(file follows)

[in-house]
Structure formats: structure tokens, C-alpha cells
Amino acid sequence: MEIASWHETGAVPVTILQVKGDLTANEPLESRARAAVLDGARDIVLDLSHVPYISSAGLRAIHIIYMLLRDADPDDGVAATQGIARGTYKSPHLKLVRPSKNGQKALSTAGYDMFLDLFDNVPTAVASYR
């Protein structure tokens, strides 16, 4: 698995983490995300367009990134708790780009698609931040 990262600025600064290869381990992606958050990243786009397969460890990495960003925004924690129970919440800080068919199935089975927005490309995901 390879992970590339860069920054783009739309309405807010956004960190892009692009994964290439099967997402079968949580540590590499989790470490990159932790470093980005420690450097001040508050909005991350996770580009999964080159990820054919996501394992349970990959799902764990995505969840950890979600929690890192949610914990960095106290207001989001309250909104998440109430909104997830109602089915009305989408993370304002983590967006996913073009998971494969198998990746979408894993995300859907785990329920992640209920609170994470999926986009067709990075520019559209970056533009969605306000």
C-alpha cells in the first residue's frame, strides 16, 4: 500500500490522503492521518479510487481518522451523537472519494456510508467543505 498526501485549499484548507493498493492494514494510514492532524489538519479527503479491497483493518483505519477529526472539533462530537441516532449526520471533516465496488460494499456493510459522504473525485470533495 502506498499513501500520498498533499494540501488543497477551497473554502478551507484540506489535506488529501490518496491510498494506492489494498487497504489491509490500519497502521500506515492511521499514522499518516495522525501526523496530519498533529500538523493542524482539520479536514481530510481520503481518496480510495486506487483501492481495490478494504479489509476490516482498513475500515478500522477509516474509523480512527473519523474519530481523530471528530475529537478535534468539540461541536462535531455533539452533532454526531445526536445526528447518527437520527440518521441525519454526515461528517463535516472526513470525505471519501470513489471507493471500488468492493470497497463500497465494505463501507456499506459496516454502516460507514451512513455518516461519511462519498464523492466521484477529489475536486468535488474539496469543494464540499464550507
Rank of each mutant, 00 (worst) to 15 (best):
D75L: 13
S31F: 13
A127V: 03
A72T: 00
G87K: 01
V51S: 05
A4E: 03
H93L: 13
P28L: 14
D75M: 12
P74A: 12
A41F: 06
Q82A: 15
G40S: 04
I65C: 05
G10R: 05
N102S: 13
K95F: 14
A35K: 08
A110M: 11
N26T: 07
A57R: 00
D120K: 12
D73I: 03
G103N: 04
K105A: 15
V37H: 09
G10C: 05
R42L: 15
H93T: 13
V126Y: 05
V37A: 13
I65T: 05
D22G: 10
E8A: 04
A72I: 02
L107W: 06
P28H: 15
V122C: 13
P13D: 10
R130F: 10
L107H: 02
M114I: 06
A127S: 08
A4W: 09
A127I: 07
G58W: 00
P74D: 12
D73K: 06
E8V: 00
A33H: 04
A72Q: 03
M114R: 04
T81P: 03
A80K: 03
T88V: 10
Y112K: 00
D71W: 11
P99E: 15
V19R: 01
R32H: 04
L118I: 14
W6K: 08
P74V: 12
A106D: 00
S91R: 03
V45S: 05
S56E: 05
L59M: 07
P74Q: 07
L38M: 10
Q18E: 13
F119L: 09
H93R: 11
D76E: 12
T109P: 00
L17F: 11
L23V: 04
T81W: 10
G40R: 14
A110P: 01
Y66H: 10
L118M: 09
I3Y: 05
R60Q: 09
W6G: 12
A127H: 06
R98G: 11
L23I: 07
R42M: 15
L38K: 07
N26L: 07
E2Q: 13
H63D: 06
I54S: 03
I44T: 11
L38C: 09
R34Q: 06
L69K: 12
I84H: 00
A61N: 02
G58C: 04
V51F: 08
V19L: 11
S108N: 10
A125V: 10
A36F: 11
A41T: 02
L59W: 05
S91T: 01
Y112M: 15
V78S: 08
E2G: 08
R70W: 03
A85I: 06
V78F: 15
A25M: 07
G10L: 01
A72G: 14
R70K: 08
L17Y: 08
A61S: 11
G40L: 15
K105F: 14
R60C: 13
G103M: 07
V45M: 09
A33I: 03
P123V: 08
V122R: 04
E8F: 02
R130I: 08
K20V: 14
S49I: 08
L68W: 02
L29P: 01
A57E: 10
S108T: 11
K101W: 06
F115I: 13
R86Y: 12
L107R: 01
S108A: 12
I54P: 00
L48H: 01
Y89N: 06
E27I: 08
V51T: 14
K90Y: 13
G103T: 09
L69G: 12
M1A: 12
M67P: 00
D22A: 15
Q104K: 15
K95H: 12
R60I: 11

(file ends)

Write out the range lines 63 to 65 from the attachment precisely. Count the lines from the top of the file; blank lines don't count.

Y112K: 00
D71W: 11
P99E: 15